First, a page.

On Setting Targets and Keeping Going

It is that time of the year – Christmas is over and the New Year is in sight – time to make the resolutions and make some changes in your life.  But so many fall by the wayside – how can you set yourself a target and make it stick?  This is a blog about running and running targets – and maybe other targets as well.

In 2014 I ran the Brighton Marathon.  Aged 55 and having just retired from my job in the NHS I needed something to aim for.  The last year at work had been horrible – the service I worked for had been out to tender and then taken over by another Trust.  Cost savings were being made and senior staff were expensive – so I retired rather than be made redundant.  After 32 years in the Service my new manager didn’t even learn my name.  I needed something to aim for and a marathon seemed like a good idea – well I had spent the last 10 years saying “I’ll never run a marathon” – so I thought I’d shake things up a bit.  I talked Julie (my long standing and very patient running buddy) into it as well and we started training.  Sadly Julie didn’t get very far into the training before she started to struggle with her health and had to give up …….. so I went it alone………….. week after week of gradually extending my long runs – 16, 18, 20, 21 miles until I was ready for the day.  And I managed it – 26.2 miles in 4 hours 47 mins – I still count it as one of the greatest achievements in my life.

But it is what happened afterwards that was shocking – I just lost my running mojo…………….  Okay it takes a little while to recover physically from a marathon – but nobody talks about how you recover your passion for running again.  I struggled on from week to week – a short run here and there – but never got back into the rhythm.  I even ran a couple of half marathons – Tonbridge in September 2014 and the off road Weald Challenge in May 2015 – but with little enthusiasm.  In fact I’d have given up in the Weald Challenge if I could have found a marshall to give me a lift……………  What had happened?  It was like the marathon had drained my will to run.  Was I too old?  Too weak?  Too rubbish at running? Had the target just been too big?  I know now that it wasn’t just me.  I have met so many people since who have run a marathon and then…………. Just stopped! At least I kept going……… sort of……………….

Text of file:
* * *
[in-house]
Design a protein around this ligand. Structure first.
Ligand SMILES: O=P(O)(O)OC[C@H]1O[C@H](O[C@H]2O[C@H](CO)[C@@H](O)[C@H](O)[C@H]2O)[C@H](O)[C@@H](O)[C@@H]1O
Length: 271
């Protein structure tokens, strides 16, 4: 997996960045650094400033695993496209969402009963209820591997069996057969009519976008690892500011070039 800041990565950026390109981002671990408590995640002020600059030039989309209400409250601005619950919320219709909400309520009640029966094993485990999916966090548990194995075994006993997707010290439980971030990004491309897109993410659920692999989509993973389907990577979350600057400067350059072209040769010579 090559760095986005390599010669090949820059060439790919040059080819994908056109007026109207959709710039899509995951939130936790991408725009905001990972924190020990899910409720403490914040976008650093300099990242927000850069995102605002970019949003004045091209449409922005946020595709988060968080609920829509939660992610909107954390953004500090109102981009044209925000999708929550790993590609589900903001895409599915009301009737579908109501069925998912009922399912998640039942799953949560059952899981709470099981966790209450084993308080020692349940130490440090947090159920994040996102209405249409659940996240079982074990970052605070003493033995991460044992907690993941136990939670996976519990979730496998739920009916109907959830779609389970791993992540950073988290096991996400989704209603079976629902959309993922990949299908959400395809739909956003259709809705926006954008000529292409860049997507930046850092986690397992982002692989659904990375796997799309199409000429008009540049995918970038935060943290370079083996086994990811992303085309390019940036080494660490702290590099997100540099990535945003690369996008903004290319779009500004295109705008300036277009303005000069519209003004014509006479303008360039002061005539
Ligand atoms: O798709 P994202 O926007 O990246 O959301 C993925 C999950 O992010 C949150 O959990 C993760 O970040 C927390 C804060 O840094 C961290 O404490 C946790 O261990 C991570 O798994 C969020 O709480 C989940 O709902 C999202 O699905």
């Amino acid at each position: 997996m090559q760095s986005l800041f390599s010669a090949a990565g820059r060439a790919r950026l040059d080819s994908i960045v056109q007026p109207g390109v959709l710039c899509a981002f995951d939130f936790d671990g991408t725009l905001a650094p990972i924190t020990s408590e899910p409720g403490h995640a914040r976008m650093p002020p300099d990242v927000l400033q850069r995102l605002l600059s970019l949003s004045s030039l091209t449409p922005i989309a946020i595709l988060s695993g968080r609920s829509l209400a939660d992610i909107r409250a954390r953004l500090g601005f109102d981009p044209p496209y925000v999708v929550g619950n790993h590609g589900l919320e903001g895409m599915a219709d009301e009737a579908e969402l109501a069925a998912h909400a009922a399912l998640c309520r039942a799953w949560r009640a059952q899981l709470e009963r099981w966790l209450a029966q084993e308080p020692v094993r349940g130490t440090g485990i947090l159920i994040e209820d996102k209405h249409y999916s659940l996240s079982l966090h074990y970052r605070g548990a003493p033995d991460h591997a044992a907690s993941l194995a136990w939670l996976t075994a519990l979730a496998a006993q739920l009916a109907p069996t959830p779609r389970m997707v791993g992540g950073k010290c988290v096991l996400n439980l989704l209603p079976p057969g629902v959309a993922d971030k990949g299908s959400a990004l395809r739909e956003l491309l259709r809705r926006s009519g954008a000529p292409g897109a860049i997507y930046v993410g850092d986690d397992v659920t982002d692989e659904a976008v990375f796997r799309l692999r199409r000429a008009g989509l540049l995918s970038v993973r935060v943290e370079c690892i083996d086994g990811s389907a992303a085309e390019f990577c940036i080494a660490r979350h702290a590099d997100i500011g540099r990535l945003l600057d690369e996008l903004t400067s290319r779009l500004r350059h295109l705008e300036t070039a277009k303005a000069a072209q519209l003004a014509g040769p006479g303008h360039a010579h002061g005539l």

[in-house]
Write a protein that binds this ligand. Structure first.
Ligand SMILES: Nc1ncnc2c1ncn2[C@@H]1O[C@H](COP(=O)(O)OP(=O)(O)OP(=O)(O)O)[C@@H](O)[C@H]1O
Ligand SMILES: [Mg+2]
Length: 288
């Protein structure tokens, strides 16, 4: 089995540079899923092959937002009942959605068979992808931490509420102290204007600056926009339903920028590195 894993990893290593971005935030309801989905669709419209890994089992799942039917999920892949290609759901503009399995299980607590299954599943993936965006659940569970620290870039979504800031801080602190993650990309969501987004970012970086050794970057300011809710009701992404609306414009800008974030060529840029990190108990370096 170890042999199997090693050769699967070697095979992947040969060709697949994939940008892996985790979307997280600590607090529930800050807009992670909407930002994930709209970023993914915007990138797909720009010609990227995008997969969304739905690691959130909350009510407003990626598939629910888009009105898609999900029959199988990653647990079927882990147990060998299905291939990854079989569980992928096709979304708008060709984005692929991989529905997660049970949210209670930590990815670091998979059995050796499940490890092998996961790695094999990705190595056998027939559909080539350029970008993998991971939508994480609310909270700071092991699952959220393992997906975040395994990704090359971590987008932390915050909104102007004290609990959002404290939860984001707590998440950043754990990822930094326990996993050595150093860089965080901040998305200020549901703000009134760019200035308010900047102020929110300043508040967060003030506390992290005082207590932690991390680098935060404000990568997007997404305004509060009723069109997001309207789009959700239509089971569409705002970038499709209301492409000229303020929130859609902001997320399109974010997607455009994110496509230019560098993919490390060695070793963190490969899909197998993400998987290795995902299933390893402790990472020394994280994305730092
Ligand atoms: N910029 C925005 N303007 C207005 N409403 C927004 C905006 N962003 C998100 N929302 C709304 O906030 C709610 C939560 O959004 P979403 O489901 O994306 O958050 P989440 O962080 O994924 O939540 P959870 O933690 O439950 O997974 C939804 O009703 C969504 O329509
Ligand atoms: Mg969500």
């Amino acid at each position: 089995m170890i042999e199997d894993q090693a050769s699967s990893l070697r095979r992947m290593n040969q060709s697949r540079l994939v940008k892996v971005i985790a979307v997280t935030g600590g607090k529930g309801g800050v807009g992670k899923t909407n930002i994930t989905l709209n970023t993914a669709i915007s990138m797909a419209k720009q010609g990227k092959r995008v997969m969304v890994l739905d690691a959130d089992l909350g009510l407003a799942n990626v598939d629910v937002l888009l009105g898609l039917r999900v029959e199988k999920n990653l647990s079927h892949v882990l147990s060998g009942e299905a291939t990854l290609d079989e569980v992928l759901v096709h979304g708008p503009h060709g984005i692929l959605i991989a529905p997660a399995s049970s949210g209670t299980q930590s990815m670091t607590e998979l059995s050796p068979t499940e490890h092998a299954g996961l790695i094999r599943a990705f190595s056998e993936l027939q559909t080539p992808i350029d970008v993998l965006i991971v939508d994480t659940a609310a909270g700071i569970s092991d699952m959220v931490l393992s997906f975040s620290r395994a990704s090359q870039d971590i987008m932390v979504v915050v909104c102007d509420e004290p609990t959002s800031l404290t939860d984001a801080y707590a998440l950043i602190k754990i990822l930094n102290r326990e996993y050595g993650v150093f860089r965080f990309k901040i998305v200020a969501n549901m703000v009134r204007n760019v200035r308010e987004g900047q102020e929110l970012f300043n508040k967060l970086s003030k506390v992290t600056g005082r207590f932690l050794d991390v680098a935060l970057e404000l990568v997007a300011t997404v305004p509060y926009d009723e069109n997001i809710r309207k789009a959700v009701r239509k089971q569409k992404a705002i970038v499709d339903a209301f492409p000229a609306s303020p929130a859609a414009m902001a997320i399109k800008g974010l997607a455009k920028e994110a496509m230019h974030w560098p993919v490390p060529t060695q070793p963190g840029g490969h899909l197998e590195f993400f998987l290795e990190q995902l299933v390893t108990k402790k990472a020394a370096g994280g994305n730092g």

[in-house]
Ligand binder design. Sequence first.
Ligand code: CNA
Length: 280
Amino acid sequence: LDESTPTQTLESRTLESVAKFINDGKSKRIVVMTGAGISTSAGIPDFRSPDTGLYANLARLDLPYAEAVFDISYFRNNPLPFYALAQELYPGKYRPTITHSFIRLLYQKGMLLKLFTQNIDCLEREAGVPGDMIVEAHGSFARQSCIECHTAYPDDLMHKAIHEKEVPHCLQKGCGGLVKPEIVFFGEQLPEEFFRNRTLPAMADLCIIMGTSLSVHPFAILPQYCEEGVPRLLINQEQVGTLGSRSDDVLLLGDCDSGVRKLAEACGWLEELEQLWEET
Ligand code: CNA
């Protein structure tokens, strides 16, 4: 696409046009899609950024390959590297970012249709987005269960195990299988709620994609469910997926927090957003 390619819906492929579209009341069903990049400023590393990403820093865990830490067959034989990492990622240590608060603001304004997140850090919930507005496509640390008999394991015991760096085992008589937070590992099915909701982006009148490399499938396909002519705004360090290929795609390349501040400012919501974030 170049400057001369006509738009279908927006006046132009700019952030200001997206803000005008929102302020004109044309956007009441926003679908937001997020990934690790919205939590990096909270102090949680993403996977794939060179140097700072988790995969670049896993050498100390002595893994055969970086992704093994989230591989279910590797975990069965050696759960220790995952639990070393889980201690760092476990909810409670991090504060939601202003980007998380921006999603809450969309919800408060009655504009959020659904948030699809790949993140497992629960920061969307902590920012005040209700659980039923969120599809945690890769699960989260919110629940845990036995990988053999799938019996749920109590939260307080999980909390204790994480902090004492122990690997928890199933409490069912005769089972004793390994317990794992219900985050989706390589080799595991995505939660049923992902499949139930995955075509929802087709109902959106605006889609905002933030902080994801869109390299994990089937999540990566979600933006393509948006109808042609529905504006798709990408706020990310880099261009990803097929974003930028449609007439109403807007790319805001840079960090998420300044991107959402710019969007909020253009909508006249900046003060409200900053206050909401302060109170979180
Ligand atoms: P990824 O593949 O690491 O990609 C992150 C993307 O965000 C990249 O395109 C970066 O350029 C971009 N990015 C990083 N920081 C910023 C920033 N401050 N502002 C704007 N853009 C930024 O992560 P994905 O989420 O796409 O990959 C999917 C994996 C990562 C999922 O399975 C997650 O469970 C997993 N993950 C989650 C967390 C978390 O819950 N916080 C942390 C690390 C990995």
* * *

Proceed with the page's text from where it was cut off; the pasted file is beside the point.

And I have chatted at races to people who don’t reach their target.  Someone I know wanted to run a half marathon in less than 2 hours.  She finished in 2 hours and 2 minutes – was she disappointed? – she told me “I ran as hard as a could – how can I be disappointed?  And anyway the target is still there for next time………..”  Which got me thinking about the whole nature of targets and what happens when you achieve them and have nothing else to aim for.

In my (non running) life I am often involved in helping parents to change their children’s behaviour.  I help them to set targets that are clear (it’s no good asking a 5 year old to “be well behaved”), achievable (it’s not good aiming for perfection when just getting breakfasted and to school is a battle), are rewarded immediately (with praise and attention and small treats), involve fun (children get bored easily) and become part of a way of life (you can’t just “fix” children’s behaviour – it’s all about the way a family works together).  Would these principles work for other targets…… my training tells me they should………

So two years on – when Julie came back to me and suggested that we have another go at running the marathon together in 2016 – I approached it rather differently.  I loved the training the first time around with a goal every week gradually building and moving forward.  And the marathon was not my only target for 2016 – but part of “A year of Running” – the marathon was not the “be all and end all” –  just one of the races – all important in their own right as well as part of the whole.  In 2016 I have run one marathon (PB), three half marathons (PB), one 10 miler, four 10k and one 5k.  And I’ve been part of the Heathfield Road Runners women’s team who ended up placed 3rd in the Sussex Grand Prix.